There will be two intriguing Champions Cup semi-finals this weekend, but what are the pointers that could decide the ties? Read on...
By Alex Shaw
The northern hemisphere season begins its final countdown towards conclusion this weekend, as the European Rugby Champions Cup semi-finals come to town.
The festivities begin on Saturday in Reading, as Saracens take on Wasps in an all-English affair at the Madejski Stadium, before Leicester Tigers make the short trip up the M1 to Nottingham on Sunday, where they will clash with Racing 92 at the City Ground.
Below we take a look at seven big talking points ahead of the two games.
Saracens vs Wasps (Saturday 23rd April, 15:00 KO)
Will Saracens’ aggressive defence hold up?
There are whispers in North London that since Paul Gustard departed for his role with England, the shine has begun to come off Saracens’ once-vaunted defence. It is still effective, but it has certainly become more fallible, particularly in open play and when the Londoners are not camped on their own try line.
The likes of Brad Barritt, Owen Farrell and Duncan Taylor will be key to stopping Wasps’ high-octane attack on Saturday. The footwork, acceleration and speed of thought of Wasps’ back line is as good as any in Europe and that matches up nicely with the pressure that Saracens’ defensive line likes to put on. Prepare for a bruising encounter.
Smith, Haskell and co to reign at the breakdown?
With George Smith, James Haskell and the rapidly-rising Thomas Young in the Wasps 23, the side from Coventry are not short of a difference-maker or two at the breakdown. They will go head-to-head with the brutal and brutal clearing out of Maro Itoje, Michael Rhodes and Jackson Wray, making for another hugely enticing battle between the two sides.
If Saracens favour themselves at the set-piece and Wasps back themselves with ball-in-hand, the breakdown could be the swing factor in this game.
Mullan versus du Plessis
Having said that Saracens may back themselves at the set-piece, Wasps’ Matt Mullan could have very different ideas. The former Worcester loosehead has had another fine season and has only been kept out of England reckoning by the well-entrenched duo of Mako Vunipola and Joe Marler.
If Mullan watched the contest between Mark Lambert and Petrus du Plessis last week at Wembley, he should be filled with confidence that he can cause the South African plenty of problems at the Madejski. With all due respect to Lambert, Mullan is a more formidable scrummager and a man that Saracens should identify as a threat prior to this game.
Leicester Tigers vs Racing 92 (Sunday 24th April, 15:15 KO)
Can Leicester turn the City Ground into Welford Road?
There’s no underestimating the advantage it is for Leicester having to travel just 40 minutes up the road for this semi-final meeting. Tigers fans have always travelled well, all over Europe, so the short trip to Nottingham shouldn’t faze them in the slightest and anything less than a home crowd atmosphere at the City Ground will be a disappointment for Leicester. Riding that swell of support could be a decisive factor in a match that looks extremely well-balanced on paper.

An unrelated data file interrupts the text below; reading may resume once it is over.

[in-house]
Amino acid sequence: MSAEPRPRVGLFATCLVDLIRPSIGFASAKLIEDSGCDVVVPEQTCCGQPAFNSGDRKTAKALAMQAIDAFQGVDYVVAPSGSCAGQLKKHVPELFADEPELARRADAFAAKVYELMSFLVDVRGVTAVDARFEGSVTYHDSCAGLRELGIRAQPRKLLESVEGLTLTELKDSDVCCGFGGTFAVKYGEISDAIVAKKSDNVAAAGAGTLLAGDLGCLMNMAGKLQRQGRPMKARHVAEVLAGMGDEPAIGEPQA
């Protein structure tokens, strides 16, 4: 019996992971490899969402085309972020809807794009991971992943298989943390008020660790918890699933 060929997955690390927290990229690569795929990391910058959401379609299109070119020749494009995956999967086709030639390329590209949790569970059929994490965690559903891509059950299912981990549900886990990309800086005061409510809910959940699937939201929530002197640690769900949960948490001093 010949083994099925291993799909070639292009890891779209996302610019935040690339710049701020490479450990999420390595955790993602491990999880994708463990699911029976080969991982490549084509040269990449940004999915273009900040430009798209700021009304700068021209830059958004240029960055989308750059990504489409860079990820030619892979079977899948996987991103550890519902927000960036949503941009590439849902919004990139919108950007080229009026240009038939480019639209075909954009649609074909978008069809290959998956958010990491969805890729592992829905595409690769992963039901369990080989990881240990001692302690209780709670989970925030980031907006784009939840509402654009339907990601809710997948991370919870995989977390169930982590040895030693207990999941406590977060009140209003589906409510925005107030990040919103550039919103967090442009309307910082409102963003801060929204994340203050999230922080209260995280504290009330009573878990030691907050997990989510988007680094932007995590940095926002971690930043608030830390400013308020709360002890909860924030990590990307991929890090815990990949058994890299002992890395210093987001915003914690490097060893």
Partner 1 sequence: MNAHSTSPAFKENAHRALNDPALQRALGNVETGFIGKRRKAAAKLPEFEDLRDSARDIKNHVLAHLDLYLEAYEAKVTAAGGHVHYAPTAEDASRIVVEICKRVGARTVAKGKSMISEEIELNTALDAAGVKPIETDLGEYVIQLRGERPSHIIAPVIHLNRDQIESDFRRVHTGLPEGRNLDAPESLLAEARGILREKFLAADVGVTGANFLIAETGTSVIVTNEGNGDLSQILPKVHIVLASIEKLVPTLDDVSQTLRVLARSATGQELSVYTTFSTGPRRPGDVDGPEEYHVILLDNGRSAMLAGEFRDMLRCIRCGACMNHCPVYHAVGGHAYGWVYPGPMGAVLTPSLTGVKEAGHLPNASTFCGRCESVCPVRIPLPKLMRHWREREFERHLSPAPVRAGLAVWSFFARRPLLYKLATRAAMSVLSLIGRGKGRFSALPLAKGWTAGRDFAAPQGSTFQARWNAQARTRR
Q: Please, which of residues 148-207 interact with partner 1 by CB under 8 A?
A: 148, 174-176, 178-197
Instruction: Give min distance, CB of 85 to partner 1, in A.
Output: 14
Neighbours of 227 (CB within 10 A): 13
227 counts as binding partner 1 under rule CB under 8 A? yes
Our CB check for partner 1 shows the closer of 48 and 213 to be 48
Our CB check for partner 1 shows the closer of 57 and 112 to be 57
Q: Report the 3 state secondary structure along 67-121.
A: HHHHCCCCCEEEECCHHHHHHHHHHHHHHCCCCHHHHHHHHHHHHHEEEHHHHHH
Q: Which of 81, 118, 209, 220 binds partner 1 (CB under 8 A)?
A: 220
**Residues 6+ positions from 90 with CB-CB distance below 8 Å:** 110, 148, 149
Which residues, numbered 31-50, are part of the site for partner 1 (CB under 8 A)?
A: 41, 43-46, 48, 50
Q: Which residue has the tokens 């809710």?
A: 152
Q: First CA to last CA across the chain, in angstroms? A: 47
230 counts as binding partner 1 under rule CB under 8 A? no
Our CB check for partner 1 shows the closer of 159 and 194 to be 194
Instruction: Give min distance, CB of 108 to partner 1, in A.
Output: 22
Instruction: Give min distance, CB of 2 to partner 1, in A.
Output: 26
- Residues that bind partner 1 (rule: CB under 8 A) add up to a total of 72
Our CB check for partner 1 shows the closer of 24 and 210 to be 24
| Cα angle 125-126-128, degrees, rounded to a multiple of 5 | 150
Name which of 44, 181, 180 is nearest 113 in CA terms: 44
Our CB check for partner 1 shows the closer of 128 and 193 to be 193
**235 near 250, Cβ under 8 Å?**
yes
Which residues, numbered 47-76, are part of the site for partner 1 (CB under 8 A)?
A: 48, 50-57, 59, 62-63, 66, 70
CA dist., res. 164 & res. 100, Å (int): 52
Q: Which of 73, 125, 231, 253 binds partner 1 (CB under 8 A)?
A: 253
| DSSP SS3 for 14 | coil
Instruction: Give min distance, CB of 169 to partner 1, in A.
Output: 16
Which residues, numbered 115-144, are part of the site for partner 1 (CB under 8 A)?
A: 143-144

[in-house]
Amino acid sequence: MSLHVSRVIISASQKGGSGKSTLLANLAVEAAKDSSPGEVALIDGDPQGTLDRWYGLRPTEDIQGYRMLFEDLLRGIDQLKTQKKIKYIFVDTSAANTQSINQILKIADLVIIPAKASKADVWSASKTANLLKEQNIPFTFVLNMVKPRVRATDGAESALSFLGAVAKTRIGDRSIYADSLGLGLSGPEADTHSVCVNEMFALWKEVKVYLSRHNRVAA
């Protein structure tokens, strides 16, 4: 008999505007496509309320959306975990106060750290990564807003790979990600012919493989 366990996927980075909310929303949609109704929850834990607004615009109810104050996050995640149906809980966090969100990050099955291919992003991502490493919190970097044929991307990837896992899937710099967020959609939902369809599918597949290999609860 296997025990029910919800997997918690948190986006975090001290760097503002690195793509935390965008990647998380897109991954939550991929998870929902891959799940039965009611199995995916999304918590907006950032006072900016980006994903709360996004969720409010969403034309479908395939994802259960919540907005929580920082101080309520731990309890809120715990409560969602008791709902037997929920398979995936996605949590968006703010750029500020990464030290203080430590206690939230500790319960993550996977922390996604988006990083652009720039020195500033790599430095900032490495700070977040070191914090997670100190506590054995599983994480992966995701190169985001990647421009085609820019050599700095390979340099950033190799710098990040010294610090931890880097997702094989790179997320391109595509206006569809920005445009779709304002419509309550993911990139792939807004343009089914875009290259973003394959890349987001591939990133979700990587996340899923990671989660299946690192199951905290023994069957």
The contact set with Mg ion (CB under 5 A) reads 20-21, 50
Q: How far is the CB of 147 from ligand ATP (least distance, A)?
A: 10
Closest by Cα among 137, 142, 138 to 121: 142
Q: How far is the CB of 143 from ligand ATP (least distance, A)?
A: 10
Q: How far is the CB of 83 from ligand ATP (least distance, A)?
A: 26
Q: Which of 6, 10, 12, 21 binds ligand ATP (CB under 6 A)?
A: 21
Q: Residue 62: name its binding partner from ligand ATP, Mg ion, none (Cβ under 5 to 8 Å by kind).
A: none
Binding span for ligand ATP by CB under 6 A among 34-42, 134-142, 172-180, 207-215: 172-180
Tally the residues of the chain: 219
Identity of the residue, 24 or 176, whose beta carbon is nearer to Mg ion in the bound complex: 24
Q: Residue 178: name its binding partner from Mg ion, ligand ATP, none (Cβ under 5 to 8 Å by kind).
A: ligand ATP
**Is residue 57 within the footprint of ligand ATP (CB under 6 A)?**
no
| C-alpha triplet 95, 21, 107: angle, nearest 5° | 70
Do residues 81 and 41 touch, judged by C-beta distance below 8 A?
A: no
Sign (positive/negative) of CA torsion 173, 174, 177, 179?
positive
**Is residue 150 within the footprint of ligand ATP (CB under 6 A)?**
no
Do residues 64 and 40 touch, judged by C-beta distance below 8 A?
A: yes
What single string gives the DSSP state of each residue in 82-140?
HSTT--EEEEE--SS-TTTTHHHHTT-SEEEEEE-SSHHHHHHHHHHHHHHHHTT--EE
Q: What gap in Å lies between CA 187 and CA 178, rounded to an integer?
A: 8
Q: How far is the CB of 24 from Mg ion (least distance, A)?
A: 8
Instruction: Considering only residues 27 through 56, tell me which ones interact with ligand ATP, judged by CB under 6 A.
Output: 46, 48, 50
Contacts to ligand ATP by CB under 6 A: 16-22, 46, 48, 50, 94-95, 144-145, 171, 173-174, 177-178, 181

Time for Racing to dispel l’esprit de clocher
For so long, French rugby has been defined by its formidable nature at home and its tendency to drop its own banana skin, then proceed to slip on it, when on its travels. Thanks to the influx of foreign players into the Top 14 this has gradually begun to change, with Toulon and Montpellier in particular showing their ability to win away from home in recent times, but even they are still subject to the odd comedy of errors on the road.
Racing have developed a new-found maturity this season and, as evident in their victory over Toulon in the quarter-finals, they are now well-equipped to come out on top in the tight, tense games. Even with a much larger core of French players than Toulon or Montpellier, Racing will need to show that, as a club, it’s no longer defined by l’esprit de clocher.
Momentum versus fresh legs
Leicester kept a full-strength XV for the East Midlands derby last weekend and will now be riding the momentum that that important victory at Franklin’s Gardens gave them. Racing, however, rested most of their first choice players for their trip to Toulouse, losing 14-3 in the process.
Will those fresher legs give Racing an advantage in the final 20 minutes on Sunday or will Leicester use their momentum and coherency from consistent selections to get on top early and stay that way throughout the match? Both arguments have their merits but only time will tell which coach made the right call.
Leicester cannot overlook Dan Carter’s back line colleagues
It would be remiss not to mention the iconic Dan Carter at least once and whilst he is still a player who can turn matches in an instant, Leicester cannot afford to focus solely on the former All Black. The Racing back line is littered with game-changers, including the dangerous back three of Juan Imhoff, Brice Dulin and Joe Rokocoko, as well as the highly-effective Johan Goosen.
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Given the attention on Carter in the media this week, you could be forgiven for thinking the French side’s hopes rest solely on his shoulders. If Leicester fall into the trap of thinking stopping Carter stops Racing, they will be in for a rude awakening on Sunday.
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